So just a few tips to help corral the stampede of information flooding in after any big conference. Enjoy!

The fuse for Ignite is lit!

Less than  5 days from now I’ll be winging my way to Chicago for Microsoft Ignite!
Tech-Ed last year was phenomenal and had a tremendous impact on my outlook on our industry. I can’t say enough good things about how these types of events are crucial for the IT pro in a small/medium business. This year with the combined Ignite conference, it’s even bigger and with even more things to learn and people to meet.

Let me tell you my week is BOOKED! Sunday is badge and materials pick up first thing in the morning, then on to a full day pre-conference session on Windows 10 Deployment. Sunday night I’m going to call it a night early to do some last minute review for the 70-411 Administering Windows Server 2012 exam I’m going to take instead of lunch on Monday.
The exams are half off with a free retake in 30 days so I figure what the heck right?

The rest of Monday is going to be keynotes and sessions.I’m really interested to see if there are going to be any announcements for Windows 10. The latest ‘leaked’ info is late July. Maybe Satya Nadella will give us a solid target date! Monday evening is the opening of the Expo and this year it’s tied in with the Ask the Experts so that should be interesting and fun. I have a list of people to meet. Some of them are to shake their hand and thank them for their work, some to pick their brains, and quite a few of both. The top of the list are the PowerShell.org guys and of course the Microsoft guys. This year I’m going to come out of my shell a bit and get some pictures and signatures,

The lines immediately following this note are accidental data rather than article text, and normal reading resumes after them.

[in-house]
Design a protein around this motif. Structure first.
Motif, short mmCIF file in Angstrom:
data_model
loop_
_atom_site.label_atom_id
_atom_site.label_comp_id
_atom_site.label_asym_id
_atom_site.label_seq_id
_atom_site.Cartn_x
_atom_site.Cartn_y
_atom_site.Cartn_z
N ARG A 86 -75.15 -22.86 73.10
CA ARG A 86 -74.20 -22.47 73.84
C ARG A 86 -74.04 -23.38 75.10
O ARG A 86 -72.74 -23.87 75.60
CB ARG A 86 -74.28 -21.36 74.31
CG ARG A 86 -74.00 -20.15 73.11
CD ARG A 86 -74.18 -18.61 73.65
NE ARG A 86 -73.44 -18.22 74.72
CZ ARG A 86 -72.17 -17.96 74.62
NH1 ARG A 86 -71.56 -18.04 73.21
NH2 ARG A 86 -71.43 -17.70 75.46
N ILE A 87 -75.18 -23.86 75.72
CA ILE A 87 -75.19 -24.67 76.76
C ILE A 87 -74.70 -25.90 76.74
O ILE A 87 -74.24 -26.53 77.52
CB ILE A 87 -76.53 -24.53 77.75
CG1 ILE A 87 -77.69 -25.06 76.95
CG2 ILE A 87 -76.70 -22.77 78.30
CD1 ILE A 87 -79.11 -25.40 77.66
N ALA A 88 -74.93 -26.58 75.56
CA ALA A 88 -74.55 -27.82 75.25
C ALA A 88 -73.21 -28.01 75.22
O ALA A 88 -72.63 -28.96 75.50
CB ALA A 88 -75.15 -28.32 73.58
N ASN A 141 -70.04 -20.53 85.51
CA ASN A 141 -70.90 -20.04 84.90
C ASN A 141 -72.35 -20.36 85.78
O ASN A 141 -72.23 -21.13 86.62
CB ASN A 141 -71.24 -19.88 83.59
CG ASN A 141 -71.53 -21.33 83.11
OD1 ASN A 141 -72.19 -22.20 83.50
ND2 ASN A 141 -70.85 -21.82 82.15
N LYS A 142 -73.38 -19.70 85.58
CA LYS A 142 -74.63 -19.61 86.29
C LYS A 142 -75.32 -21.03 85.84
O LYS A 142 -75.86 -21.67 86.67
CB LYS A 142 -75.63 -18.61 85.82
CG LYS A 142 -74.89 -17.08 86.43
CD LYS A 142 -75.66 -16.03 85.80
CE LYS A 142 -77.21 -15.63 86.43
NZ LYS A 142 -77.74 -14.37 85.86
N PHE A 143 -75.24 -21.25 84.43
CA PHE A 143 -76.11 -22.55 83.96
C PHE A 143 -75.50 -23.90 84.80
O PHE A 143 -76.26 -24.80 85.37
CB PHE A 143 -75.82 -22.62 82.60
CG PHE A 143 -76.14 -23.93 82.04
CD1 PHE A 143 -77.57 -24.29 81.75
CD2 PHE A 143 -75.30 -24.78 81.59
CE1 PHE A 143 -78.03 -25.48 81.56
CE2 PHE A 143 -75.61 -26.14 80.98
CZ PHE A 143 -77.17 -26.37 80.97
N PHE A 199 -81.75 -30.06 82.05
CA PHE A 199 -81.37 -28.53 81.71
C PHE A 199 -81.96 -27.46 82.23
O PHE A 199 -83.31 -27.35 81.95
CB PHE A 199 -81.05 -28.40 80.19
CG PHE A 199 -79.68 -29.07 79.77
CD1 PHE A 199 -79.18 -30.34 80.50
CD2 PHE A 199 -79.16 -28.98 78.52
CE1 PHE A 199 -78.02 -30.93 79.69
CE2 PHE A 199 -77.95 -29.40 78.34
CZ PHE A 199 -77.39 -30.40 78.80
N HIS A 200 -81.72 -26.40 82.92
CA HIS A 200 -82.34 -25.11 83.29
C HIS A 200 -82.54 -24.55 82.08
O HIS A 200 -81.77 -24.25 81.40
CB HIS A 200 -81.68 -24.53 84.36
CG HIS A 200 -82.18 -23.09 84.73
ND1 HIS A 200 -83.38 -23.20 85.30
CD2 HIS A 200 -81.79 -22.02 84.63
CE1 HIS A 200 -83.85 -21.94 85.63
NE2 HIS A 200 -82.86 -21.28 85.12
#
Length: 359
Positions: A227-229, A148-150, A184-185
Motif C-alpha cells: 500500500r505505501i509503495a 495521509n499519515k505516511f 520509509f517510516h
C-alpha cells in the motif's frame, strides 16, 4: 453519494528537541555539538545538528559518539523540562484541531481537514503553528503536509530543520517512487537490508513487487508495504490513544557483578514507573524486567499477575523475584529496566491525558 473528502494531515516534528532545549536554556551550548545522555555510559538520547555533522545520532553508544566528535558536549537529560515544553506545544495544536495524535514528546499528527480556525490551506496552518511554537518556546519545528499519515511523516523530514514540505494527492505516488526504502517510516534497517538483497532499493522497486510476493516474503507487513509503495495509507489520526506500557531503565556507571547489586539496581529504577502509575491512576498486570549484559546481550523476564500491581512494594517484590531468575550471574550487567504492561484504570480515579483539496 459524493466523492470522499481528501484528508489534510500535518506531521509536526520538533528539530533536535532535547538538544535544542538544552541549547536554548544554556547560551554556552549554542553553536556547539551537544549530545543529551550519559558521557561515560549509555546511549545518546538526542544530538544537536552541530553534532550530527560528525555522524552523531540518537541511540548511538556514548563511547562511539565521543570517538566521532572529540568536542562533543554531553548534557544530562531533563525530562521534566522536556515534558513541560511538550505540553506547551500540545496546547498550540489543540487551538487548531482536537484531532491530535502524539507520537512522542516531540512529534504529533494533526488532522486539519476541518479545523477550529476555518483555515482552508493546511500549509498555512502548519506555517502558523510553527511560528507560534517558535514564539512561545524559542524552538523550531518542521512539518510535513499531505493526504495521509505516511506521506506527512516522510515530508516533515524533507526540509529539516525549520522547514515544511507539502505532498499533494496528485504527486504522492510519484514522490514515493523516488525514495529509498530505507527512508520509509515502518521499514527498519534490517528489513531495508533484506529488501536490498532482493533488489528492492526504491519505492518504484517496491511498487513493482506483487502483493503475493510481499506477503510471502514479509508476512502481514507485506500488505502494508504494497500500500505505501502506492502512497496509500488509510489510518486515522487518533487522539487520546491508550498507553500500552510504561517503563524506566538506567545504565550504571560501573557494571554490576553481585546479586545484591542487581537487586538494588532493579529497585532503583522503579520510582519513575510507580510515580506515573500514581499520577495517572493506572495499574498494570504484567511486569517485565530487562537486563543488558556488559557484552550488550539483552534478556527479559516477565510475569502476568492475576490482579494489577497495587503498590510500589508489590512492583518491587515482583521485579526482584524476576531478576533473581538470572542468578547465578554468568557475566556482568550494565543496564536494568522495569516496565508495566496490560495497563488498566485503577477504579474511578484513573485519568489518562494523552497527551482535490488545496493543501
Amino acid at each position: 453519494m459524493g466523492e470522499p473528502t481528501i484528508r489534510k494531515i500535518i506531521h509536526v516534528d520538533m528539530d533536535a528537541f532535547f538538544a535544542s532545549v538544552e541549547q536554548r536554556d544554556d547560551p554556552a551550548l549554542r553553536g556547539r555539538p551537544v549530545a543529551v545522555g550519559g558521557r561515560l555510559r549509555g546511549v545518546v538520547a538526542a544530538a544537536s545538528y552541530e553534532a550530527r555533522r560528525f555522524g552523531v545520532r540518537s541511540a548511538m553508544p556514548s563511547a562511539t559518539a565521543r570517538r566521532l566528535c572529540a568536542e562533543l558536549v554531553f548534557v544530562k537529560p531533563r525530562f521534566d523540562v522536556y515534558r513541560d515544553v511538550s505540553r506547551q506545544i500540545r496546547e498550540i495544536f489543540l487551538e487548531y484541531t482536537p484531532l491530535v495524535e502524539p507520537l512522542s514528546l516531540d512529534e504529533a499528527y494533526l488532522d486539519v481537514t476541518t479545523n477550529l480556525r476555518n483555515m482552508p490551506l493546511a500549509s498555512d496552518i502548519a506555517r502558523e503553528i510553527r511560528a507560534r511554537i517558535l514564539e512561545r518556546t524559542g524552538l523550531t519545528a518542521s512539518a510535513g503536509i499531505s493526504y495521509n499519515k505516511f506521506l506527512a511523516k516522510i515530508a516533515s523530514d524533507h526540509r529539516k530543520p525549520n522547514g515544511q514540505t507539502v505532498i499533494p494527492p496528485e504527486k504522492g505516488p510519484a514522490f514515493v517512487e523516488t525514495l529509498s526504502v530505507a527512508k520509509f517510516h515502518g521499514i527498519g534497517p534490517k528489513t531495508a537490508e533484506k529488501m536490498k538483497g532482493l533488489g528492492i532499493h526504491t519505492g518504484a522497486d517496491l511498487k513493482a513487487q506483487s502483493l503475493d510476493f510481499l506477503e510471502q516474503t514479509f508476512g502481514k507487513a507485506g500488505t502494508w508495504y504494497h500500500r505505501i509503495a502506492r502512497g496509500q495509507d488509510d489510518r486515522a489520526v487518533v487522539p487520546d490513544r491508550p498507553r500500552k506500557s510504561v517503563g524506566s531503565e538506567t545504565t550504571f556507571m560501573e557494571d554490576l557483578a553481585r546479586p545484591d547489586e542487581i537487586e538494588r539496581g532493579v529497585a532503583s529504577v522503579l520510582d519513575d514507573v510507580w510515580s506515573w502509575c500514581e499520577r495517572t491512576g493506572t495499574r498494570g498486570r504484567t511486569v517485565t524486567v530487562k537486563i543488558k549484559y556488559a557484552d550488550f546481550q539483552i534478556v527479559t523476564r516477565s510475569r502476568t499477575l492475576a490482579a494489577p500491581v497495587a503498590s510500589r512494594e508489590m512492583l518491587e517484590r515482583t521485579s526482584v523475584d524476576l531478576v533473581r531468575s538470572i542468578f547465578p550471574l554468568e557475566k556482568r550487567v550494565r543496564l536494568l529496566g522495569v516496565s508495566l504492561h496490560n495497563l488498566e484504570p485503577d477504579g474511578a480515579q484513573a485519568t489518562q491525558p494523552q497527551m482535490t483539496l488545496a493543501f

Tuesday-Friday is all classes wall to wall! In most cases, I’m at least double and sometimes triple booked. That may seem strange at first but as the week progresses things may pop up that change your focus. Like for example last year PowerShell was a minor thread when I arrived in Houston for Tech-Ed but by Tuesday it was the major thing I wanted to hear more about. That caused me to be scurrying to change schedules midweek. I learned quickly that having a fallback schedule in case the room fills or your focus shifts is a good idea.

Then of course there are the happy hours, the vendor parties, the Microsoft parties, and all the social stuff going on all week. There should be no lack of things to do, food to eat and people to meet! On an interesting side note, I find our from our Marketing department at work that one of the biggest “Marketing and Design” conferences is also in Chicago that same week! So downtown Chicago should be rocking all week!

With this being a “new” conference melded from several other conferences ( Exchange, SharePoint, etc) there are some new things that are kind of cool. Like for example there is a Yammer network dedicated to the event. There is a method of publishing your schedule, which may or may not turn out to be a good thing. All in all , it seems like there is even more focus on social media and cloud this year.

So to wrap this up here’s the goals for this year:

    1. Learn more about Windows 10
    2. Learn about Office 365 migrations and ROI
    3. Learn everything they’ll tell about Windows Nano Server
Plus I have a small list of other questions to ask specific vendors.
So I’ve got a big week next week. That makes this week all cram and prep and make sure everything at work is locked down so I’m not distracted by problems back at the office.